Ms Amy Birks returns with ‘In Our Souls’, the follow up to her debut solo album ‘All That I Am & All That I Was’.
‘In Our Souls’ represents Amy’s second time around as a producer and mixing engineer. She recalls the process as being “a time of solitude, of many a late night, exploring ideas and losing myself in the books and poetry of the Bronte’s and my own personal journey over the past few years, developing my ears, skills and confidence as a composer. My first record, ‘All That I Am & All That I Was’, was very much about deeply personal experiences but with this album I wanted to extract more strength and feeling from the musical palate and have more fun with it, which has enabled me to step back a little from the lyrics and put more faith in my ability to write not only songs but pieces of music.”
Amy, lead singer and lyricist of Beatrix Players, is joined on the album by Helena Dove and Tom Manning , two co-writers from the original line-up of that award-winning band. Manning also composed and played all the guitar parts on the album. Amy is once again accompanied by flautist John Hackett while introducing violinist Frank Van Essen and cellist Clare O’Connell to what is a virtuosic line-up.
For ‘In Our Souls’, out of the twelve tracks on the album, Birks, a long-standing fan of the Bronte sisters, sets the words of three Bronte poems to music. Birks furthered her knowledge of the sisters and their personal musical leanings through several trips to Haworth and the Bronte’s parsonage prior to selecting poems that would provide inspiration for the album.
Ms Amy Birks takes the beautiful sound that she developed on her first album, that, in itself, an extension of the Beatrix Players’ amazing combination of chamber orchestra and popular music, and elevates it to an even higher level of brilliance. The whole album is just under fifty minutes of sheer musical wonderment where Amy’s stunning vocals blend perfectly with the consummate musicianship of her amazing group of players.
There are no highlights really but only because every song is an exquisitely crafted gem of ethereal grace and wonder. The opening, title track, In Our Souls, commandeers the words of Charlotte Bronte’s poem, ‘Evening Solace’ and creates a song that just oozes sublime calm, Hold On is a song about a transformation, at soul level, which is what Amy thinks nature can do for a person, if they are open to it and has more urgency engendered by the vocal and a superbly improvised violin from Frank van Essen. There’s a powerful dynamism to Elsa, a song Amy wrote when at university about a woman who is aware of her desires and her attraction and of the wife she knows exists but cares little for, the music creating an aura of drama and tension.
Brothers is without-doubt the most personal track on the album, Amy explains; “I have two estranged brothers and those tumultuous relationships have been the subject, or at least the undercurrent of many a song. For whatever reason, we have never seen eye to eye, hence the opening words of ‘I don’t understand why. Do you? Do you know why?’ and the build-up of aggression through the instrumentation. This, I suppose, is my therapy.” It makes for truly thought provoking piece of music, full of tension and emotion. There’s a delicate, if melancholic, refinement to The One That Got Away, a sad sort of love song about a relationship that almost was something more than friendship but was more of an awakening and a red flag. Wistful and rueful, its artistry belies the plaintive undertone that the track’s subject engenders. A Death Scene takes the words from the wonderful Emily Bronte poem with the same name to create a contemplative and slightly dark piece of music with a thoughtful edge and features some spellbinding guitar playing from Tom Manning and the remarkable flute of John Hackett.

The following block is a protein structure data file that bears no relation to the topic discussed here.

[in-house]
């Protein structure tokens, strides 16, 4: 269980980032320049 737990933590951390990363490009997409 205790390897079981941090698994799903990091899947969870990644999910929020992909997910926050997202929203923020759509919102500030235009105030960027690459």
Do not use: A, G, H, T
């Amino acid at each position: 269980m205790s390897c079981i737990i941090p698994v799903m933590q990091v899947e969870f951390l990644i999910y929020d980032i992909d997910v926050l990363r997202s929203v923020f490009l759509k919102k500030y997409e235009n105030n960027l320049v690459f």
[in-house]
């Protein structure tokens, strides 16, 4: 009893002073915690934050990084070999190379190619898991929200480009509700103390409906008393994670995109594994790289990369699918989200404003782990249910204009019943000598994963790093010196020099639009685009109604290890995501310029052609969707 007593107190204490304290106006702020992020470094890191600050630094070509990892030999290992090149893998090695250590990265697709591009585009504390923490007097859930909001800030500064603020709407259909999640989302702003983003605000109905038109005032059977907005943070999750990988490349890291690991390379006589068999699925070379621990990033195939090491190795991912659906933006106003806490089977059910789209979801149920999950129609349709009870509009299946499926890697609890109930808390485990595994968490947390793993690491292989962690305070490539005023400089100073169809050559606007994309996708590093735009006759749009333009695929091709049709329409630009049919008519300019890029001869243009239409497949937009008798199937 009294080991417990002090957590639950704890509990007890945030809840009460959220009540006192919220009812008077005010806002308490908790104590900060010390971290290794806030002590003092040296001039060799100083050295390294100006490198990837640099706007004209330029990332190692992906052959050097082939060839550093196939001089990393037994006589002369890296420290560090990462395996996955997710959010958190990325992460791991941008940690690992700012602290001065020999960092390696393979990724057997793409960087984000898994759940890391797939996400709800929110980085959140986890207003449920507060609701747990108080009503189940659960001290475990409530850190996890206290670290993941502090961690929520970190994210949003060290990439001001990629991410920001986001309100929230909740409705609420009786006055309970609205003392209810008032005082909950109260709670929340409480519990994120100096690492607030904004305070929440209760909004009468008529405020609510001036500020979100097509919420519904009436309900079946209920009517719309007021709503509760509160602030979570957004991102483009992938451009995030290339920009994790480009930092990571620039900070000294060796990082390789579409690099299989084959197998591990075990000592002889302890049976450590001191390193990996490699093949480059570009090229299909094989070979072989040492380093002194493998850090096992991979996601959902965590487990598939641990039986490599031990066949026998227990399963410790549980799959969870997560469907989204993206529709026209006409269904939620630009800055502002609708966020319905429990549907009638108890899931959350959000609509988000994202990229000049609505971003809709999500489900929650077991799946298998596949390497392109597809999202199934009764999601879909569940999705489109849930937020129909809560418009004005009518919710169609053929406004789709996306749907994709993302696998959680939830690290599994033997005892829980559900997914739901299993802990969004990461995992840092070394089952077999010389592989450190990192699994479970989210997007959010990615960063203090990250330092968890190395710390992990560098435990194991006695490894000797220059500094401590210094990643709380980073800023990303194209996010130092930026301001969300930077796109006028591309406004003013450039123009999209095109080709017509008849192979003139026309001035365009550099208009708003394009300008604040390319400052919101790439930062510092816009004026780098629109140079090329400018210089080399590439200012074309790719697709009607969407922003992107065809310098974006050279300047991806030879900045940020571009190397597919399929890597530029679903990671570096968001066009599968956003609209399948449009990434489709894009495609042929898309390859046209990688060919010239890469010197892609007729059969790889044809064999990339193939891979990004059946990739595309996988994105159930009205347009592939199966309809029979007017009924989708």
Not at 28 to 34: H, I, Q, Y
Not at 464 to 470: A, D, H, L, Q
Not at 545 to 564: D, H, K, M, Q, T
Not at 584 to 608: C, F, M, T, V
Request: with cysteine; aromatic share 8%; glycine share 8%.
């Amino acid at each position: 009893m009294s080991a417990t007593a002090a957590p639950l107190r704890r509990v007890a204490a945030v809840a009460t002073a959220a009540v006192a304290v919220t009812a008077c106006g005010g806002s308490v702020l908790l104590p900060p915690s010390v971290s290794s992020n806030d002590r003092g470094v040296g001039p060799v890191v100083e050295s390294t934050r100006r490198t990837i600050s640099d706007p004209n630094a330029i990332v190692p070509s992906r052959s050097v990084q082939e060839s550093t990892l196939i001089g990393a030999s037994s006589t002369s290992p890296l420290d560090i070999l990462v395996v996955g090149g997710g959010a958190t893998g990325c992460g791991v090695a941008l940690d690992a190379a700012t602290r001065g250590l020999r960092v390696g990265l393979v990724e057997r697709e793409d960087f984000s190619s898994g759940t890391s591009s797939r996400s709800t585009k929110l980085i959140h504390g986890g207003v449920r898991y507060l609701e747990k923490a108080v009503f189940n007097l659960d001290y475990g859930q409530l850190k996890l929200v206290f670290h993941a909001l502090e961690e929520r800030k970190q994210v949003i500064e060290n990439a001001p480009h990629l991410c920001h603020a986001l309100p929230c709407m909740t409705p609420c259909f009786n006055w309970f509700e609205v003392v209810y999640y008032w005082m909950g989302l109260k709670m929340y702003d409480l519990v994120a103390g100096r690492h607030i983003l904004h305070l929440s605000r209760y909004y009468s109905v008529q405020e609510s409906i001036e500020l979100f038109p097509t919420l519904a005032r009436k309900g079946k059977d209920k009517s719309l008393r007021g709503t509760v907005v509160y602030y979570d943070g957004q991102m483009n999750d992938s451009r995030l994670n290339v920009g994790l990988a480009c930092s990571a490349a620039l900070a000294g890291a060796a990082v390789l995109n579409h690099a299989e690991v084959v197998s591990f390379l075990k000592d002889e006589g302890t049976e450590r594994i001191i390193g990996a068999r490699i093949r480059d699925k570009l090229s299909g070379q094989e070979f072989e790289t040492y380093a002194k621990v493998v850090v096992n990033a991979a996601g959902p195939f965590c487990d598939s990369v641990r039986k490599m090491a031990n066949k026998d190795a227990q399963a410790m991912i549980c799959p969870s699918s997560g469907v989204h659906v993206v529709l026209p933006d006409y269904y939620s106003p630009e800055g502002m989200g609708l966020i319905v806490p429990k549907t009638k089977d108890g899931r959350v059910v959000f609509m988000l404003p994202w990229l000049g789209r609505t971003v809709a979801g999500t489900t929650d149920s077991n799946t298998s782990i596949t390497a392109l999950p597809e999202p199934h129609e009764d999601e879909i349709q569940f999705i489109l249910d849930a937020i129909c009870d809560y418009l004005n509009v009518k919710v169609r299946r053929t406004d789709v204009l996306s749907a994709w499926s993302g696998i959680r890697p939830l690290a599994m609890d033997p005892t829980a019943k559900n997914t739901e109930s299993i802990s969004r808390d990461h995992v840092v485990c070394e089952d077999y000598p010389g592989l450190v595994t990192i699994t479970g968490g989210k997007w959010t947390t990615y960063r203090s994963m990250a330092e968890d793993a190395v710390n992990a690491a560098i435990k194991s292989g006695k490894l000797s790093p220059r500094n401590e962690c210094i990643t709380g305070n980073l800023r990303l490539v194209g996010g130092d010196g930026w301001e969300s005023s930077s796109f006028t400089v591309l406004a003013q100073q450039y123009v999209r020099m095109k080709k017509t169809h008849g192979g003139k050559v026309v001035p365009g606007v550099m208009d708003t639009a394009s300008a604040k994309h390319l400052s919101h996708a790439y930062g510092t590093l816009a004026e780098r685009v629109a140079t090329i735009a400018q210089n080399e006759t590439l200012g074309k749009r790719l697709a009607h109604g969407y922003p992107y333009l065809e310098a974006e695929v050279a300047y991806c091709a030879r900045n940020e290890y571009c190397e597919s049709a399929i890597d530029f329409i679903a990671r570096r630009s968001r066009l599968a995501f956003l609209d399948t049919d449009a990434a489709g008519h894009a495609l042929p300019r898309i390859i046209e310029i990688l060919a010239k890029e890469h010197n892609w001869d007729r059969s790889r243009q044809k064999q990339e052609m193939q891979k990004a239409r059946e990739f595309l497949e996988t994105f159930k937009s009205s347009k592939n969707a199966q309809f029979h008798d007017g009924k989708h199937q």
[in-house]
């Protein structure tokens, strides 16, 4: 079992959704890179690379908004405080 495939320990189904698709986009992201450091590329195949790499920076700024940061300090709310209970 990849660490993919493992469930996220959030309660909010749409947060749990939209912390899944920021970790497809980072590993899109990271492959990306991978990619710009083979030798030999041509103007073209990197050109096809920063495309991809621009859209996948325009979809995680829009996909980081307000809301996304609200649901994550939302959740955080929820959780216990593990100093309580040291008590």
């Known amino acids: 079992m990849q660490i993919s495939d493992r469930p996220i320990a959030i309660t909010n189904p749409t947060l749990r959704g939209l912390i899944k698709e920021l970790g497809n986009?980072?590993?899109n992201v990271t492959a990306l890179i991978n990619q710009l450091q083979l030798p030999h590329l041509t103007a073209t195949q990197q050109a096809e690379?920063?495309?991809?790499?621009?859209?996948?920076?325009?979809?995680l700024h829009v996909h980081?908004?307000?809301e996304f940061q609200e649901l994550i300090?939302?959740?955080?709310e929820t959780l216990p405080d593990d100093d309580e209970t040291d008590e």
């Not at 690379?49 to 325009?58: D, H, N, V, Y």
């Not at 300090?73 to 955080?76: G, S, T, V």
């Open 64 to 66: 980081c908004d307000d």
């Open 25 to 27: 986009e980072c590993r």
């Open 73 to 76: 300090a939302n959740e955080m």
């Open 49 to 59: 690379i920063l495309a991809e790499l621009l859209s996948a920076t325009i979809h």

The Woman In White, a song where Amy looks back at herself as a young bride and not really recognising who that person was anymore, is possibly the darkest track on the album from a lyrical point of view and this lends a brooding quality to the piece. With the layers of driving strings and guitar, this is Amy enjoying herself. It’s a highly visual piece that takes her back to an earlier time. The third Bronte poem on the album, The Dream, is from the greatly underappreciated (in Amy’s opinion) Anne Bronte and has a lighter, more frivolous and sweeter feel though, in keeping with the woman who wrote The Tenant of Wildfell Hall, the mid-section has a power and authority all of its own. Goodnight For Now is another song that Amy wrote while at university. A gentle, graceful, acoustic piece that, once again, showcases Amy’s amazing voice, it’s about a woman gently letting down a man for she is out of bounds and shows that Amy has always had her head in the romance of Austin and the Bronte’s.
There’s a heart wrenching feel to the wonderfully dramatic Living In Sin, a song about transformation and having the strength to be who you really are. The sombre tone of the music and Amy’s downplayed vocal give real sentiment and fervour to the track. Amy wrote Cannot Contain about greed and how we can all get sucked in by wealth and ‘success’ if we’re not paying attention. It is quite a curt track with an edgy tension underpinning the whole song and the almost irascible tone to Amy’s vocal brooks no argument! The album comes to a rather satisfying close with the wondrous, almost elemental, joy of an instrumental version of the title track.
Well, what can I say, Amy is a rather prodigiously talented songwriter with a quite remarkable voice and when that is put together with musicianship of such stellar talent as is shown here, you are well on the way to musical perfection. ‘In Our Souls’ is a collection of wonderful songs that will delight, enchant and enrapture musical connoisseurs for a long time to come, it truly is that good!
Released 8th April, 2022.
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